Tick-borne illnesses prey on the hive mind this time of year. Social media channels run amok with wives’ tales about applying peppermint oil or cotton balls soaked in dish soap to safely dislodge ticks from the skin. (Don’t do either.) The most cursory treatment of tick news reporting invariably ends with the same advice: Wear long sleeves, tuck pant cuffs into socks, and wear pest repellent. Shower within two hours of being outdoors. (Do all of that.)

But avoiding disease spread by ticks shouldn’t be seasonal. Rather, when you live where ticks do, especially blacklegged (deer) ticks, tick-bite protection must be a part of living a healthy lifestyle, said Professor Thomas Mather, of the Department of Plant Sciences and Entomology. Also known as URI’s “TickGuy,” Mather is a nationally recognized expert on public health entomology and vector ecology with emphasis on tick population control and transmission dynamics of tick-borne diseases.

This is Mather’s busy season. In addition to three sponsored research projects (evaluating the efficacy of tick-repellent clothing; a four-year, backyard, integrated tick-management study evaluating control of ticks found at and around 140 households in Rhode Island and Western Connecticut; and experiments leading to development of a broad-spectrum, anti-tick vaccine), Mather and his Ph.D. student Heather Kopsco also manage TickSpotters, the nation’s largest, crowdsourced tick survey. Currently, the team is identifying and responding to more than 100 tick submissions per day, while at the same time fielding interviews from national and regional television networks (ABC, NBC, CW33 and New England Cable News) and national radio, newspapers, and magazines. Also notable: In recent years, the TickEncounter Resource Center’s website has more than a million visitors annually.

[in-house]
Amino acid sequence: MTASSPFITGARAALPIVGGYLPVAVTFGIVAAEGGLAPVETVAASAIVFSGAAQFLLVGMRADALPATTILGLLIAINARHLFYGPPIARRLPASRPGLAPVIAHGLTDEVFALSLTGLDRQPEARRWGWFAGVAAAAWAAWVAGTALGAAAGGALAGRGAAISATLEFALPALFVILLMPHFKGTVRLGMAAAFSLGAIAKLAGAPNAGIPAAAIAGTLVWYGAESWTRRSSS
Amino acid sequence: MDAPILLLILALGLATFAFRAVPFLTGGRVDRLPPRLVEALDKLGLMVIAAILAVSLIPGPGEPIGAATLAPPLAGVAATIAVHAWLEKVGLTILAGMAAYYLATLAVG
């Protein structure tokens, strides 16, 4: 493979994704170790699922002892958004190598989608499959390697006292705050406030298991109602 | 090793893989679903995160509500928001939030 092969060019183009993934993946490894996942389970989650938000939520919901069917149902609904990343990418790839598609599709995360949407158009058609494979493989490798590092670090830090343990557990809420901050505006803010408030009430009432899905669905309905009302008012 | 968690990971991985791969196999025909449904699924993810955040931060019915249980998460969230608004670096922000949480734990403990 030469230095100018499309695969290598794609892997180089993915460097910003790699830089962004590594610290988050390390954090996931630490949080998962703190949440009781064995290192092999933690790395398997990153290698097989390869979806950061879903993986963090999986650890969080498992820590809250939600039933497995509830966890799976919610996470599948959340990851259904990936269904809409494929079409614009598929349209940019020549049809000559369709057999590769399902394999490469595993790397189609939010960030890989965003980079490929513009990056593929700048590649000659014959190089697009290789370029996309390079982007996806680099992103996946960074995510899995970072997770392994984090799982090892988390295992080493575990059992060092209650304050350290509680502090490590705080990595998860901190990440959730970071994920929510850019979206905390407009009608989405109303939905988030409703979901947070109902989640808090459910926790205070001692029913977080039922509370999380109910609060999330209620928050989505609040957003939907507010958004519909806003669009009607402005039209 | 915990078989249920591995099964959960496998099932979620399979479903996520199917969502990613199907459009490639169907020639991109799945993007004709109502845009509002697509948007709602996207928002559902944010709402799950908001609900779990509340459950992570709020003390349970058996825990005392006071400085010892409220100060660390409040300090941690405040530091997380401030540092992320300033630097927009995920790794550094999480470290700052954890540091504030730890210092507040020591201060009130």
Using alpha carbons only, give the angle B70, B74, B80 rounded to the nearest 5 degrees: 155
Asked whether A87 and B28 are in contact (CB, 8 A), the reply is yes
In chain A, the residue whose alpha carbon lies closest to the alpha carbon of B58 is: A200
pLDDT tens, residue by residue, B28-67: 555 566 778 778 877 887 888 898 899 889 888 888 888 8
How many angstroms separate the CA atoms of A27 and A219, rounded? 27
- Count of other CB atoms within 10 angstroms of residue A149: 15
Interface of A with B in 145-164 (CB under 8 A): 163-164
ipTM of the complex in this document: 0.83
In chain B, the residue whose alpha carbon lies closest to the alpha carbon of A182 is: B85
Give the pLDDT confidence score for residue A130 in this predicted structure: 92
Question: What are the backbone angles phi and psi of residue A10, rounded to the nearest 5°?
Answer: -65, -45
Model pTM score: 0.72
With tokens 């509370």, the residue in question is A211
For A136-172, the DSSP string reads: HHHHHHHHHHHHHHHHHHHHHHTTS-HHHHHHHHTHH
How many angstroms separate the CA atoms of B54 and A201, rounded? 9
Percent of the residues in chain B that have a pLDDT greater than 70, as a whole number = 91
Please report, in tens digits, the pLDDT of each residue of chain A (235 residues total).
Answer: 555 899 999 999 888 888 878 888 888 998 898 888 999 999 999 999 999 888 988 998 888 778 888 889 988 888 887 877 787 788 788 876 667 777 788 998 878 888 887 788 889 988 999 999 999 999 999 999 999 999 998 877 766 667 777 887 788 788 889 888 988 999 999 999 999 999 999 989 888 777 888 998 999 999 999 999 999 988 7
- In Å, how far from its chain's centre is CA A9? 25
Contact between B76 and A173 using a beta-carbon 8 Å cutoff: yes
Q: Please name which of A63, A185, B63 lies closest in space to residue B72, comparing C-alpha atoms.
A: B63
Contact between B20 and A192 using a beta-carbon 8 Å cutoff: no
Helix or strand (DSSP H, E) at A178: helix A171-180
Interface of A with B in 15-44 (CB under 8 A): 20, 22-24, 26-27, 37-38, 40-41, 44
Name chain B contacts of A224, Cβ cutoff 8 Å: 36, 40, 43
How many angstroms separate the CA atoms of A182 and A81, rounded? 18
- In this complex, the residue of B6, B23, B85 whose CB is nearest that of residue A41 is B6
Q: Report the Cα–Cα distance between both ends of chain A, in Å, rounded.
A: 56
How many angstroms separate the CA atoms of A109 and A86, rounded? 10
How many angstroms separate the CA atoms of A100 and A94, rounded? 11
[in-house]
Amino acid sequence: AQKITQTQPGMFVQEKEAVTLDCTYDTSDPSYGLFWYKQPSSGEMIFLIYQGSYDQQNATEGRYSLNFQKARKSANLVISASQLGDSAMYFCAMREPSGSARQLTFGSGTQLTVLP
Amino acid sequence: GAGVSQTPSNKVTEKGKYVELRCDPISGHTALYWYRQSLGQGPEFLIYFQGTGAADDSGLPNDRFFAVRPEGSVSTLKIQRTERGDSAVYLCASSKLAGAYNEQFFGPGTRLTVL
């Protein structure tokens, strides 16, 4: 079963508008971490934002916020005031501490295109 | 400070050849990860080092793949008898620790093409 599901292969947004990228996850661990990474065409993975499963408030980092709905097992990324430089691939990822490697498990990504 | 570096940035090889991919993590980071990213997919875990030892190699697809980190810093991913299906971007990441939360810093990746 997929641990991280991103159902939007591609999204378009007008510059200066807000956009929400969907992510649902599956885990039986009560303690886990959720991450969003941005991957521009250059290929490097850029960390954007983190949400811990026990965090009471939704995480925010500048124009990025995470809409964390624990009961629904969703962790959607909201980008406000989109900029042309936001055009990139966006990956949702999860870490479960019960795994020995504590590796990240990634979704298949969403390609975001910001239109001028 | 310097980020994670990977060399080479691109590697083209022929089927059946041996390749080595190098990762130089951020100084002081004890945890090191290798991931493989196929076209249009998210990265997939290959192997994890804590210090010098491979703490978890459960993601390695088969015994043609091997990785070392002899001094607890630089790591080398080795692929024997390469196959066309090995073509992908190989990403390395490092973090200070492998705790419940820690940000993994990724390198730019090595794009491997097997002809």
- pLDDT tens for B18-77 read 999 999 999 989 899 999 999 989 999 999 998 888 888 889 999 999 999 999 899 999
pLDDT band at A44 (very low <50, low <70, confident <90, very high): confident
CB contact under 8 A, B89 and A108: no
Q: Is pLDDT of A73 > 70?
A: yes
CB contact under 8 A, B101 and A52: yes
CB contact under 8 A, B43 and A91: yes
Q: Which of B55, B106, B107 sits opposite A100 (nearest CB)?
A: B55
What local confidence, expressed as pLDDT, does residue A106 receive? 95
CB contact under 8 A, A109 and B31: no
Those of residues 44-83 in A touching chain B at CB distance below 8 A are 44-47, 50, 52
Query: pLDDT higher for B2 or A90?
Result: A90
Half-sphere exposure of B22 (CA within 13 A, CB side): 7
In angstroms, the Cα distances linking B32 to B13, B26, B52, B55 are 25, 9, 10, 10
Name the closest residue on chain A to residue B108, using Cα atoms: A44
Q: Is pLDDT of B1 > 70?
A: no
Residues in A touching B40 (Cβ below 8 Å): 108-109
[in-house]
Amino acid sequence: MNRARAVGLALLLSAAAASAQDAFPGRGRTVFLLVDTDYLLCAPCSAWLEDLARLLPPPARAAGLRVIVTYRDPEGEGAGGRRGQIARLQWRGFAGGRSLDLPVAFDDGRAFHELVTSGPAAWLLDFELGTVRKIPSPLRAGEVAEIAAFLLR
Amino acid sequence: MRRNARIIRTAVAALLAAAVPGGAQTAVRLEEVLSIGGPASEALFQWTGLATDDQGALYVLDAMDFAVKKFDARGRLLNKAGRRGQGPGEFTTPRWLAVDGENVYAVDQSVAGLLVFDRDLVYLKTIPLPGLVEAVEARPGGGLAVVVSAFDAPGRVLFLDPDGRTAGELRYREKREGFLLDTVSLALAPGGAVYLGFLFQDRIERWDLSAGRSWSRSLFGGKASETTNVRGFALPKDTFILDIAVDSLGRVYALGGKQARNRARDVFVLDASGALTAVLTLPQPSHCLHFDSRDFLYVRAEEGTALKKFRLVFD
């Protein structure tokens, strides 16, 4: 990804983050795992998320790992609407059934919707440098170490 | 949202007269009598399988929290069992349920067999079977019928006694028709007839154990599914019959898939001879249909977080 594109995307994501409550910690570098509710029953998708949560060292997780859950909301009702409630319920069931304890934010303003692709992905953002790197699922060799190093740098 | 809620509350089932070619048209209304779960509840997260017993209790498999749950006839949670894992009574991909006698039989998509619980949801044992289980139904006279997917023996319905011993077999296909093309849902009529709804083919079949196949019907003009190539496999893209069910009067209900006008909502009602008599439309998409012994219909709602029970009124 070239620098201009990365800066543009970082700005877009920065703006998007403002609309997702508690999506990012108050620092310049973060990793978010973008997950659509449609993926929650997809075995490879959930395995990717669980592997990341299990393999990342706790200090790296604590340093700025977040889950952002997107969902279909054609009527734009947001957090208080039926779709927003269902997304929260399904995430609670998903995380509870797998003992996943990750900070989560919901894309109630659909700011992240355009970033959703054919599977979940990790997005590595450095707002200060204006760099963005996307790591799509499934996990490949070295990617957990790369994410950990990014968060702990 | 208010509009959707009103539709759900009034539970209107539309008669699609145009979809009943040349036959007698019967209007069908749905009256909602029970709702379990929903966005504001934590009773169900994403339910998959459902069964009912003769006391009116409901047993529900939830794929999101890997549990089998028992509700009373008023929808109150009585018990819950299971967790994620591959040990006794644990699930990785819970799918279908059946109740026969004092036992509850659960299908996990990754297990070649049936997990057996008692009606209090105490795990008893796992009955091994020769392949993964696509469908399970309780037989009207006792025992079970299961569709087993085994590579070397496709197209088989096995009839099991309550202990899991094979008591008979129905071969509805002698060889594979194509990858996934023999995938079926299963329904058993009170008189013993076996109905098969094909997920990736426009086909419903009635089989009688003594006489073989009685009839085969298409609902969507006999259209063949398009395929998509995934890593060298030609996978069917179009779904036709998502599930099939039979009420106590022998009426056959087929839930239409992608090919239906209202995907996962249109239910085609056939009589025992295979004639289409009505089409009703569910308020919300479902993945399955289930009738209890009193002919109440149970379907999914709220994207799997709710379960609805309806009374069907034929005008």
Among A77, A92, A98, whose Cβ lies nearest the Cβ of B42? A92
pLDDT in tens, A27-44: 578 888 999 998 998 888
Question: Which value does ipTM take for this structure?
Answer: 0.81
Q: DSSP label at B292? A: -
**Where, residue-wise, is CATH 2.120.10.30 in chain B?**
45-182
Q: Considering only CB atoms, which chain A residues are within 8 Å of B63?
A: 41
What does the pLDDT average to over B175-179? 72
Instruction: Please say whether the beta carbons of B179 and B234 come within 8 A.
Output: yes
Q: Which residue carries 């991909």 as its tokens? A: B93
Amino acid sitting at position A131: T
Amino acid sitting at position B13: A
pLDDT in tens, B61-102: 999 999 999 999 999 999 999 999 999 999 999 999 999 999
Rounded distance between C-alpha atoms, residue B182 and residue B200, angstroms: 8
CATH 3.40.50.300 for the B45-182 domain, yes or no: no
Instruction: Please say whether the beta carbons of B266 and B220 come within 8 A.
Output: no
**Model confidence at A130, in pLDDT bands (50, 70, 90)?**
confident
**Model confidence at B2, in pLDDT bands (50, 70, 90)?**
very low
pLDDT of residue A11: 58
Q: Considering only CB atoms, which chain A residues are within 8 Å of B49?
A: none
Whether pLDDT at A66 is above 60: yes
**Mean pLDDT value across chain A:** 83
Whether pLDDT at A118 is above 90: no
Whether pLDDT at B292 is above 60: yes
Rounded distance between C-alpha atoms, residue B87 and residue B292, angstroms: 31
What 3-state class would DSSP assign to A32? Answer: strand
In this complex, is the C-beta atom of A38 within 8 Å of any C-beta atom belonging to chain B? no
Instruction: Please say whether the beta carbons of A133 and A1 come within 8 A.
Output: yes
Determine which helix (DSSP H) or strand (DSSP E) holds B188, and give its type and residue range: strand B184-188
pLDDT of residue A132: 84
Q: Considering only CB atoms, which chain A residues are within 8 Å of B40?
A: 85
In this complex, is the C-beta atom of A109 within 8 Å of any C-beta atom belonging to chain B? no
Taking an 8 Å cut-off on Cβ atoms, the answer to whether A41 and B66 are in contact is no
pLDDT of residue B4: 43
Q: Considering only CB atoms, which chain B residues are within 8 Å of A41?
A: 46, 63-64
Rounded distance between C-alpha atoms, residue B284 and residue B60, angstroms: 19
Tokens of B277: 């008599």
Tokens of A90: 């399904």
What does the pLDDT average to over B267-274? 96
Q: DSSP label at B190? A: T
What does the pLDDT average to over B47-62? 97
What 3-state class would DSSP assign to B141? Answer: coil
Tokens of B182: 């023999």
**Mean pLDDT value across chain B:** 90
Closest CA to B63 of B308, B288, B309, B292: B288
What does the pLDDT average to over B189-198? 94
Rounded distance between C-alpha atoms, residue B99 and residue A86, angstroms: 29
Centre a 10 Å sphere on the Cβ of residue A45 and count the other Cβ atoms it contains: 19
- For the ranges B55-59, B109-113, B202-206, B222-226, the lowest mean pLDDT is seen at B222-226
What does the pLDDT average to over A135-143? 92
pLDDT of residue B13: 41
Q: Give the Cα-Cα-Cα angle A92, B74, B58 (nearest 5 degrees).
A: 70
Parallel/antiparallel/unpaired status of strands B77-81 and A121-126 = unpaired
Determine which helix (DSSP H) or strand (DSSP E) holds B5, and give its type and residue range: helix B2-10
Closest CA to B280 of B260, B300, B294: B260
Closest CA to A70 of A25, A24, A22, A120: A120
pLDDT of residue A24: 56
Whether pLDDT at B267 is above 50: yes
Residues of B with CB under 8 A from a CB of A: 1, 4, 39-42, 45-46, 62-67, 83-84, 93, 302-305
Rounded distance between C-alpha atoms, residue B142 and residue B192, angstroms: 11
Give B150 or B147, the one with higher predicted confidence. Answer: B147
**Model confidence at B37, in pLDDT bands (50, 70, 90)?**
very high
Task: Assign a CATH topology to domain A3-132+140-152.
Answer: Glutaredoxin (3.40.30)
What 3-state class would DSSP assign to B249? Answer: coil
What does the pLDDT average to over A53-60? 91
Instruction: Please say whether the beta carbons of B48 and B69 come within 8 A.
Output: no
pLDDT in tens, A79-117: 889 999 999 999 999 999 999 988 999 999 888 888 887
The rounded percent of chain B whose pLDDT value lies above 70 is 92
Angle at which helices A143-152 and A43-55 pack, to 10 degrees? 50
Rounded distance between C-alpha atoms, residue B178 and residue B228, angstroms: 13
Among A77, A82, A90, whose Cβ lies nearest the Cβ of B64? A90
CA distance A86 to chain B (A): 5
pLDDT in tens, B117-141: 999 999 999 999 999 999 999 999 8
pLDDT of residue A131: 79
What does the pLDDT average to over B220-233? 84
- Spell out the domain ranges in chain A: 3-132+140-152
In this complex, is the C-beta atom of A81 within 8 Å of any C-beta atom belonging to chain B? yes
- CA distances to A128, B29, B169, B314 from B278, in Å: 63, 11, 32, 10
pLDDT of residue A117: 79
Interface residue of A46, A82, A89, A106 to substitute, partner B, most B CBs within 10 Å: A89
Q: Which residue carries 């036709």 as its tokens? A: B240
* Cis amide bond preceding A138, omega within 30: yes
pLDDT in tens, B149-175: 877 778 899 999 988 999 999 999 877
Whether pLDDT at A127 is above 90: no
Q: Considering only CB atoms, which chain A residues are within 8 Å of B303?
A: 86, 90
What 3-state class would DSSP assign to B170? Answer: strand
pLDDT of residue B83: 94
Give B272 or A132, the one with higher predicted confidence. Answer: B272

In a recent conversation with Men’s Health, Mather explained how tick-bite prevention practices need to be as much a part of healthy living as diet and exercise. “The more we’ve looked into this, the more we think of tick-bite prevention needing to be a lifestyle behavior. It’s not about doing one-off things you can do when or if you think of them but more about making checking for and avoiding ticks a habit,” Mather said. 

“TickGuy” Tips

  • Treat pets monthly with tick-repellent meds that repel and kill loose and wandering ticks, not just those that are already feeding.
  • Wear tick-repellent clothing treated with permethrin when outdoors. Spray permethrin on all outdoor shoes.
  • At least once a day, check below the belt for ticks the size of poppy seeds. These ticks latch onto human beings at the shoe level then crawl up the body until they get caught in underwear or skin folds, which usually happens below the waist.
  • Invest in several pairs of pointy tweezers with tips fine enough to pick up a poppy seed. Keep tweezers in your car and your bathroom. Remove the tick as you would a splinter, getting as close to the head of it as possible. Do not squeeze the tick’s body.
  • Save the tick, or take a picture of it, and have it identified.
  • Follow TickEncounter’s Facebook page for the latest tick news and research.